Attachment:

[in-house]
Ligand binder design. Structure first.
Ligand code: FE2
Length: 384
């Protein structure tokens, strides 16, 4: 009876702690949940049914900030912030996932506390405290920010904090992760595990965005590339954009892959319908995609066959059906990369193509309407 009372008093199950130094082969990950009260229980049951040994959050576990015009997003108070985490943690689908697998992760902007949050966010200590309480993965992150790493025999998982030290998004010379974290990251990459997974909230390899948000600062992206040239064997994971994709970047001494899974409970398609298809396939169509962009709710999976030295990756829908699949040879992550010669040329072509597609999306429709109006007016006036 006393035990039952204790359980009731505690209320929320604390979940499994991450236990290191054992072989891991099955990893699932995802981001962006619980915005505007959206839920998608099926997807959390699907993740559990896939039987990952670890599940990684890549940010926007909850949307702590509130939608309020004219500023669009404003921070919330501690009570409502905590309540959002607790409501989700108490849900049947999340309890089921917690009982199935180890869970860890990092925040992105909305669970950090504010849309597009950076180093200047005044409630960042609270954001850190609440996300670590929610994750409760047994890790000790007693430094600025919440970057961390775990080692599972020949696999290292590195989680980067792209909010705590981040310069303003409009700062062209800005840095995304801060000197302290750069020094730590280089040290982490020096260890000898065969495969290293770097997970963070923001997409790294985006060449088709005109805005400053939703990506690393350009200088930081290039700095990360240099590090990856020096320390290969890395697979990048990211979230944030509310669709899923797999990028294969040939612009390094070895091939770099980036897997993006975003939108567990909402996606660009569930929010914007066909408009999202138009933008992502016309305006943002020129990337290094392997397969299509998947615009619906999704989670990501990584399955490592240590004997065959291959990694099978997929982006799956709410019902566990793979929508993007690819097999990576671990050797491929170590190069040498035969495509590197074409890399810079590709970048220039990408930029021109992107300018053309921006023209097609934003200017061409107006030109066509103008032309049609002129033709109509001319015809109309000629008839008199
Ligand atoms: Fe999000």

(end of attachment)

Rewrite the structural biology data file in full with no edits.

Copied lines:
[in-house]
Ligand binder design. Structure first.
Ligand code: FE2
Length: 384
């Protein structure tokens, strides 16, 4: 009876702690949940049914900030912030996932506390405290920010904090992760595990965005590339954009892959319908995609066959059906990369193509309407 009372008093199950130094082969990950009260229980049951040994959050576990015009997003108070985490943690689908697998992760902007949050966010200590309480993965992150790493025999998982030290998004010379974290990251990459997974909230390899948000600062992206040239064997994971994709970047001494899974409970398609298809396939169509962009709710999976030295990756829908699949040879992550010669040329072509597609999306429709109006007016006036 006393035990039952204790359980009731505690209320929320604390979940499994991450236990290191054992072989891991099955990893699932995802981001962006619980915005505007959206839920998608099926997807959390699907993740559990896939039987990952670890599940990684890549940010926007909850949307702590509130939608309020004219500023669009404003921070919330501690009570409502905590309540959002607790409501989700108490849900049947999340309890089921917690009982199935180890869970860890990092925040992105909305669970950090504010849309597009950076180093200047005044409630960042609270954001850190609440996300670590929610994750409760047994890790000790007693430094600025919440970057961390775990080692599972020949696999290292590195989680980067792209909010705590981040310069303003409009700062062209800005840095995304801060000197302290750069020094730590280089040290982490020096260890000898065969495969290293770097997970963070923001997409790294985006060449088709005109805005400053939703990506690393350009200088930081290039700095990360240099590090990856020096320390290969890395697979990048990211979230944030509310669709899923797999990028294969040939612009390094070895091939770099980036897997993006975003939108567990909402996606660009569930929010914007066909408009999202138009933008992502016309305006943002020129990337290094392997397969299509998947615009619906999704989670990501990584399955490592240590004997065959291959990694099978997929982006799956709410019902566990793979929508993007690819097999990576671990050797491929170590190069040498035969495509590197074409890399810079590709970048220039990408930029021109992107300018053309921006023209097609934003200017061409107006030109066509103008032309049609002129033709109509001319015809109309000629008839008199
Ligand atoms: Fe999000």